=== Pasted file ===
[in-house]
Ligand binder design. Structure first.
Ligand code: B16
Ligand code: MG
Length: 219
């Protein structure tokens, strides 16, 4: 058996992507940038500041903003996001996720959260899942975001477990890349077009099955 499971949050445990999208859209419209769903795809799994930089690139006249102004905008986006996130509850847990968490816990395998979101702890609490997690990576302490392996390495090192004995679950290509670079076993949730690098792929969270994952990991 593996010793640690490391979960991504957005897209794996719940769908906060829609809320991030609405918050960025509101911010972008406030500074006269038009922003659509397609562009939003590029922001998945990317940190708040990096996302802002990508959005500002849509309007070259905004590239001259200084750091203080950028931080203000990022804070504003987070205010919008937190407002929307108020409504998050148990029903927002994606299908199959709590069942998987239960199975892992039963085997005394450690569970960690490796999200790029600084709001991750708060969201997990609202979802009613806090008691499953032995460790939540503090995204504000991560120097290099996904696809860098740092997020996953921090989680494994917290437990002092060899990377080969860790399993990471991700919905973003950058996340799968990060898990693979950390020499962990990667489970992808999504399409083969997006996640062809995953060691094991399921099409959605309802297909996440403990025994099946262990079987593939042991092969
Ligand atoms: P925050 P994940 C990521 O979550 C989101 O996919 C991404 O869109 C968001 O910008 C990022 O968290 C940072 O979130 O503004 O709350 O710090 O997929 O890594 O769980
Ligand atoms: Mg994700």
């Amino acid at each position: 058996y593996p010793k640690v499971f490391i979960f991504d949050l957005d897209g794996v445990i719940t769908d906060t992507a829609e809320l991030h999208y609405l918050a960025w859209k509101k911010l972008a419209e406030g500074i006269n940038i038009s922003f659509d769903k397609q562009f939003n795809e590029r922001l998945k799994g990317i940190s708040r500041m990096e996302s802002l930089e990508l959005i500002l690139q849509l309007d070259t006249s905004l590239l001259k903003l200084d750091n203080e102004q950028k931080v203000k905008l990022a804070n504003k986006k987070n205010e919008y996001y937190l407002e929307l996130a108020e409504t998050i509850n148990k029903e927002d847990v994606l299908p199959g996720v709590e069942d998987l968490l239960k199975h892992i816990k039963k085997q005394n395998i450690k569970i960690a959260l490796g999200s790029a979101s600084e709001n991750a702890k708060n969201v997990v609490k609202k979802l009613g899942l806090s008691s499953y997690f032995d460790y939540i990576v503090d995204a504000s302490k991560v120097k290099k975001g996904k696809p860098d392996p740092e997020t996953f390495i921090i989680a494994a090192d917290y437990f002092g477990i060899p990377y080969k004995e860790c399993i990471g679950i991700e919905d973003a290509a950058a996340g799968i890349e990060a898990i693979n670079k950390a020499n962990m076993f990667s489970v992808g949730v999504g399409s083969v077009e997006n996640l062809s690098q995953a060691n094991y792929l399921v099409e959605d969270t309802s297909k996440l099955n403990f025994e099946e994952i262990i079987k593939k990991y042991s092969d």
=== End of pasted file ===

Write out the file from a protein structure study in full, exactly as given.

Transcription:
[in-house]
Ligand binder design. Structure first.
Ligand code: B16
Ligand code: MG
Length: 219
């Protein structure tokens, strides 16, 4: 058996992507940038500041903003996001996720959260899942975001477990890349077009099955 499971949050445990999208859209419209769903795809799994930089690139006249102004905008986006996130509850847990968490816990395998979101702890609490997690990576302490392996390495090192004995679950290509670079076993949730690098792929969270994952990991 593996010793640690490391979960991504957005897209794996719940769908906060829609809320991030609405918050960025509101911010972008406030500074006269038009922003659509397609562009939003590029922001998945990317940190708040990096996302802002990508959005500002849509309007070259905004590239001259200084750091203080950028931080203000990022804070504003987070205010919008937190407002929307108020409504998050148990029903927002994606299908199959709590069942998987239960199975892992039963085997005394450690569970960690490796999200790029600084709001991750708060969201997990609202979802009613806090008691499953032995460790939540503090995204504000991560120097290099996904696809860098740092997020996953921090989680494994917290437990002092060899990377080969860790399993990471991700919905973003950058996340799968990060898990693979950390020499962990990667489970992808999504399409083969997006996640062809995953060691094991399921099409959605309802297909996440403990025994099946262990079987593939042991092969
Ligand atoms: P925050 P994940 C990521 O979550 C989101 O996919 C991404 O869109 C968001 O910008 C990022 O968290 C940072 O979130 O503004 O709350 O710090 O997929 O890594 O769980
Ligand atoms: Mg994700």
């Amino acid at each position: 058996y593996p010793k640690v499971f490391i979960f991504d949050l957005d897209g794996v445990i719940t769908d906060t992507a829609e809320l991030h999208y609405l918050a960025w859209k509101k911010l972008a419209e406030g500074i006269n940038i038009s922003f659509d769903k397609q562009f939003n795809e590029r922001l998945k799994g990317i940190s708040r500041m990096e996302s802002l930089e990508l959005i500002l690139q849509l309007d070259t006249s905004l590239l001259k903003l200084d750091n203080e102004q950028k931080v203000k905008l990022a804070n504003k986006k987070n205010e919008y996001y937190l407002e929307l996130a108020e409504t998050i509850n148990k029903e927002d847990v994606l299908p199959g996720v709590e069942d998987l968490l239960k199975h892992i816990k039963k085997q005394n395998i450690k569970i960690a959260l490796g999200s790029a979101s600084e709001n991750a702890k708060n969201v997990v609490k609202k979802l009613g899942l806090s008691s499953y997690f032995d460790y939540i990576v503090d995204a504000s302490k991560v120097k290099k975001g996904k696809p860098d392996p740092e997020t996953f390495i921090i989680a494994a090192d917290y437990f002092g477990i060899p990377y080969k004995e860790c399993i990471g679950i991700e919905d973003a290509a950058a996340g799968i890349e990060a898990i693979n670079k950390a020499n962990m076993f990667s489970v992808g949730v999504g399409s083969v077009e997006n996640l062809s690098q995953a060691n094991y792929l399921v099409e959605d969270t309802s297909k996440l099955n403990f025994e099946e994952i262990i079987k593939k990991y042991s092969d």